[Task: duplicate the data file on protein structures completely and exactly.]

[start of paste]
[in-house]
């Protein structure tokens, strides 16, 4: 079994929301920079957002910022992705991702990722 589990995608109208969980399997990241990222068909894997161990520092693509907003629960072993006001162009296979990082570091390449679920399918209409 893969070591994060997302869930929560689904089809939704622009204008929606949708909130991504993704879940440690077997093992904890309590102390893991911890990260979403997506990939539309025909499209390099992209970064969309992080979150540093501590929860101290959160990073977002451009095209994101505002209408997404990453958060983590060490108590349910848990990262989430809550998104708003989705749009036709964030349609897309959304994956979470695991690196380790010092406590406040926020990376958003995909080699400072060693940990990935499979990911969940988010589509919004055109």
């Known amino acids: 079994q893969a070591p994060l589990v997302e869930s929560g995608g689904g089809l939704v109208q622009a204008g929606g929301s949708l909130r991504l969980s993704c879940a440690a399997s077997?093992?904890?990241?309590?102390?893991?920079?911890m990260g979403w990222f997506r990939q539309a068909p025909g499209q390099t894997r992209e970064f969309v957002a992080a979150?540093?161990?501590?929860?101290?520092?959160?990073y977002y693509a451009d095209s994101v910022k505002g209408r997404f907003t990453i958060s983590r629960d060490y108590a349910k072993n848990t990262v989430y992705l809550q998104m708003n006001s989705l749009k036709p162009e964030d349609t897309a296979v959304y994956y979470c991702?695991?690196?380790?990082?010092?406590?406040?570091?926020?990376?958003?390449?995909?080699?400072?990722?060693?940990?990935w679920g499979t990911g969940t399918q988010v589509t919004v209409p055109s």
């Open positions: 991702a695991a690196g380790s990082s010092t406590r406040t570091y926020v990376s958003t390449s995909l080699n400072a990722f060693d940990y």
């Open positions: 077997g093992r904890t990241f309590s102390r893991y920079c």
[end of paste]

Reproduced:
[in-house]
């Protein structure tokens, strides 16, 4: 079994929301920079957002910022992705991702990722 589990995608109208969980399997990241990222068909894997161990520092693509907003629960072993006001162009296979990082570091390449679920399918209409 893969070591994060997302869930929560689904089809939704622009204008929606949708909130991504993704879940440690077997093992904890309590102390893991911890990260979403997506990939539309025909499209390099992209970064969309992080979150540093501590929860101290959160990073977002451009095209994101505002209408997404990453958060983590060490108590349910848990990262989430809550998104708003989705749009036709964030349609897309959304994956979470695991690196380790010092406590406040926020990376958003995909080699400072060693940990990935499979990911969940988010589509919004055109």
């Known amino acids: 079994q893969a070591p994060l589990v997302e869930s929560g995608g689904g089809l939704v109208q622009a204008g929606g929301s949708l909130r991504l969980s993704c879940a440690a399997s077997?093992?904890?990241?309590?102390?893991?920079?911890m990260g979403w990222f997506r990939q539309a068909p025909g499209q390099t894997r992209e970064f969309v957002a992080a979150?540093?161990?501590?929860?101290?520092?959160?990073y977002y693509a451009d095209s994101v910022k505002g209408r997404f907003t990453i958060s983590r629960d060490y108590a349910k072993n848990t990262v989430y992705l809550q998104m708003n006001s989705l749009k036709p162009e964030d349609t897309a296979v959304y994956y979470c991702?695991?690196?380790?990082?010092?406590?406040?570091?926020?990376?958003?390449?995909?080699?400072?990722?060693?940990?990935w679920g499979t990911g969940t399918q988010v589509t919004v209409p055109s």
């Open positions: 991702a695991a690196g380790s990082s010092t406590r406040t570091y926020v990376s958003t390449s995909l080699n400072a990722f060693d940990y």
């Open positions: 077997g093992r904890t990241f309590s102390r893991y920079c």